Key Figures Total cases reported: 15,500+ Total cases treated in MSF centers: 13,764 (88.4 percent of total state caseload) Total severe cases managed: 4,194 Number of liters of water chlorinated: 64 million Number of wells chlorinated: 3,536 Hygiene kits distributed: 5,804 National staff: 24 International staff: 8
A cholera outbreak that began in January 2014 in northeastern Nigeria's Bauchi state is now over. More than 15,500 cases were reported; Doctors Without Borders/Médecins Sans Frontières (MSF) teams in Bauchi treated more than 13,500 of them.
Fourteen of the twenty districts of Bauchi state were affected by the cholera outbreak, Bauchi district accounted for over 90 percent of all the cases reported (the population of Bauchi district is nearly 608,000). Two weeks after the beginning of the outbreak, MSF decided to intervene, beginning with a cholera treatment unit of 30 beds in Kandahar (a suburb of Bauchi town), then a 150 bed cholera treatment center at the main teaching hospital of Bauchi Town.
"This outbreak is more significant than the one we faced four years ago in the same state," says Dr. Abubakr Bakri, head of mission in Abuja. "The number of cases is higher, but fortunately the case fatality rate remained low at 0.5 percent , bringing the number of deaths to 83 so far."
Between 40 and 45 percent of cases were severe, requiring hospitalization for intravenous rehydration. In total, MSF teams treated over 8,500 inpatients in the cholera treatment centers. Thirty oral rehydration points were set up by MSF in the district to treat non-severe cases.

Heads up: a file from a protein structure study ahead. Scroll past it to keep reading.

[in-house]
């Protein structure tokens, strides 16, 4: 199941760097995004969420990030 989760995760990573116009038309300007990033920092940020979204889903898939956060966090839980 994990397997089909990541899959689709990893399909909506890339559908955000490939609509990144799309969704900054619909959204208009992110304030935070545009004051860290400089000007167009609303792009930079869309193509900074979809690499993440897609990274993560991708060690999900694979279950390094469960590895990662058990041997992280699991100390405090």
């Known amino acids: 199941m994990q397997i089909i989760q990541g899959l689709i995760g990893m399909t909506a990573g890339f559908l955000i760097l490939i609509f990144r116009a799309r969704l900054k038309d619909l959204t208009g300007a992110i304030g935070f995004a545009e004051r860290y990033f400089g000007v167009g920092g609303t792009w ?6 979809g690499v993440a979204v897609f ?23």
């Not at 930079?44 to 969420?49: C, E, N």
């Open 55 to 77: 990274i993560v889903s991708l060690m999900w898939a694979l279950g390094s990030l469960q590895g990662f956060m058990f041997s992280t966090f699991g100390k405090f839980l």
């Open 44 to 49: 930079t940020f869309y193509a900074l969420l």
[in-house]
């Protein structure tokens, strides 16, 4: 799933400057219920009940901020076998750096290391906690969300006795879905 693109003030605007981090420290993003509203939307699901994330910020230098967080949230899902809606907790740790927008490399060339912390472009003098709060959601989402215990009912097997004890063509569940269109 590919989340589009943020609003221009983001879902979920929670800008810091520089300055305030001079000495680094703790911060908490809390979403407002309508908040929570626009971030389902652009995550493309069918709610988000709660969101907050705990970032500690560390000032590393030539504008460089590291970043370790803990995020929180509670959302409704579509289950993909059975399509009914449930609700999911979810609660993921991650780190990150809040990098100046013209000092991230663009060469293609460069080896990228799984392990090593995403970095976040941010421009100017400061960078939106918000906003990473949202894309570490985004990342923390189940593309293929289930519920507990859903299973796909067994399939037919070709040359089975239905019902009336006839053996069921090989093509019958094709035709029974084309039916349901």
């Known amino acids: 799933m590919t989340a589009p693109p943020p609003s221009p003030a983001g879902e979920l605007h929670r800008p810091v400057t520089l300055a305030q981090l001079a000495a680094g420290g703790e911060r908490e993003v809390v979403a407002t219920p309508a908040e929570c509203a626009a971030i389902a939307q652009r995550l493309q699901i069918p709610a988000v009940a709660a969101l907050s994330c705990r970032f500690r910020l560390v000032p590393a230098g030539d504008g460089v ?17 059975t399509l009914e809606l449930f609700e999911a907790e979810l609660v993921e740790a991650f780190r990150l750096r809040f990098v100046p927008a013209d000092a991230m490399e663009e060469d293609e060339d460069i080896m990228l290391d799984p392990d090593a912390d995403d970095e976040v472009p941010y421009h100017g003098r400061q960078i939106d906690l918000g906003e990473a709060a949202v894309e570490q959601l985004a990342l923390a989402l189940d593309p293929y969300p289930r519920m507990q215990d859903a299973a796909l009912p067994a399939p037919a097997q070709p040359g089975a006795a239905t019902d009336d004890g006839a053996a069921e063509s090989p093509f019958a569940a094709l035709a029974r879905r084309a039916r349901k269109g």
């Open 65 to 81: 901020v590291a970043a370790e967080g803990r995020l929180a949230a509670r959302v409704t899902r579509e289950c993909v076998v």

In this type of epidemic, and especially in a country or a city where the population are in the hundreds of thousands, it is important to contain the outbreak through preventive measures such as targeted hygiene to avoid contamination (especially of drinking water). In Bauchi, water supply is mainly from either public or private wells.
The logistics strategy deployed by MSF was very much needed. "We sent out 15 teams to go around Bauchi district conducting bucket chlorination and targeted well chlorination," says Dr. Bakri. "The strategy also involved health education and hygiene messages.” The chlorination of water sources campaign was accompanied by preventive hygiene, transportation of drinking water, and treatment of wastewater.
The intervention was successfully conducted in close collaboration with Bauchi state's Ministry of health and the state’s Primary Health Care Development Agency.
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